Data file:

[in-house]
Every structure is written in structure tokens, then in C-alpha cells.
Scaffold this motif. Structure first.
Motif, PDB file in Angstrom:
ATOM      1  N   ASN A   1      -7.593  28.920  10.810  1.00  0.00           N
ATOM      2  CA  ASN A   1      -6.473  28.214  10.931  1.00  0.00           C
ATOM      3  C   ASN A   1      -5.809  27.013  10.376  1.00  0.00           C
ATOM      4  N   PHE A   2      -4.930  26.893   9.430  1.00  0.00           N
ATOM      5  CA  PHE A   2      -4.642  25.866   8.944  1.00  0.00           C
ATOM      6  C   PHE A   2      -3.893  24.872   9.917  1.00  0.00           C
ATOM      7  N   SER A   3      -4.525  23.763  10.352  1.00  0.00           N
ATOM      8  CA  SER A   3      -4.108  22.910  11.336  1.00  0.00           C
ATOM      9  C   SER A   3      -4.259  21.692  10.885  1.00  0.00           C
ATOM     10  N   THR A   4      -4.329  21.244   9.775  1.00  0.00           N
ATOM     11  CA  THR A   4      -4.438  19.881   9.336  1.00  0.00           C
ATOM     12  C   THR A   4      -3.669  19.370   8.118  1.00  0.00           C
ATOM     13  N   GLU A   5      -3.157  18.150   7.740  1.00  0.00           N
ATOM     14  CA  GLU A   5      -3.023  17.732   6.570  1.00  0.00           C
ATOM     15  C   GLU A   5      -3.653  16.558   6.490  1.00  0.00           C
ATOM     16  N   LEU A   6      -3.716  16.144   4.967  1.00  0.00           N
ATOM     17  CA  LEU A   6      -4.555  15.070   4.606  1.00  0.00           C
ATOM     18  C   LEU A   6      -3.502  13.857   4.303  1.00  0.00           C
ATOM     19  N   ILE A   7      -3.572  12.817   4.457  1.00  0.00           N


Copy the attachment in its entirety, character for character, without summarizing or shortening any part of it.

[in-house]
Every structure is written in structure tokens, then in C-alpha cells.
Scaffold this motif. Structure first.
Motif, PDB file in Angstrom:
ATOM      1  N   ASN A   1      -7.593  28.920  10.810  1.00  0.00           N
ATOM      2  CA  ASN A   1      -6.473  28.214  10.931  1.00  0.00           C
ATOM      3  C   ASN A   1      -5.809  27.013  10.376  1.00  0.00           C
ATOM      4  N   PHE A   2      -4.930  26.893   9.430  1.00  0.00           N
ATOM      5  CA  PHE A   2      -4.642  25.866   8.944  1.00  0.00           C
ATOM      6  C   PHE A   2      -3.893  24.872   9.917  1.00  0.00           C
ATOM      7  N   SER A   3      -4.525  23.763  10.352  1.00  0.00           N
ATOM      8  CA  SER A   3      -4.108  22.910  11.336  1.00  0.00           C
ATOM      9  C   SER A   3      -4.259  21.692  10.885  1.00  0.00           C
ATOM     10  N   THR A   4      -4.329  21.244   9.775  1.00  0.00           N
ATOM     11  CA  THR A   4      -4.438  19.881   9.336  1.00  0.00           C
ATOM     12  C   THR A   4      -3.669  19.370   8.118  1.00  0.00           C
ATOM     13  N   GLU A   5      -3.157  18.150   7.740  1.00  0.00           N
ATOM     14  CA  GLU A   5      -3.023  17.732   6.570  1.00  0.00           C
ATOM     15  C   GLU A   5      -3.653  16.558   6.490  1.00  0.00           C
ATOM     16  N   LEU A   6      -3.716  16.144   4.967  1.00  0.00           N
ATOM     17  CA  LEU A   6      -4.555  15.070   4.606  1.00  0.00           C
ATOM     18  C   LEU A   6      -3.502  13.857   4.303  1.00  0.00           C
ATOM     19  N   ILE A   7      -3.572  12.817   4.457  1.00  0.00           N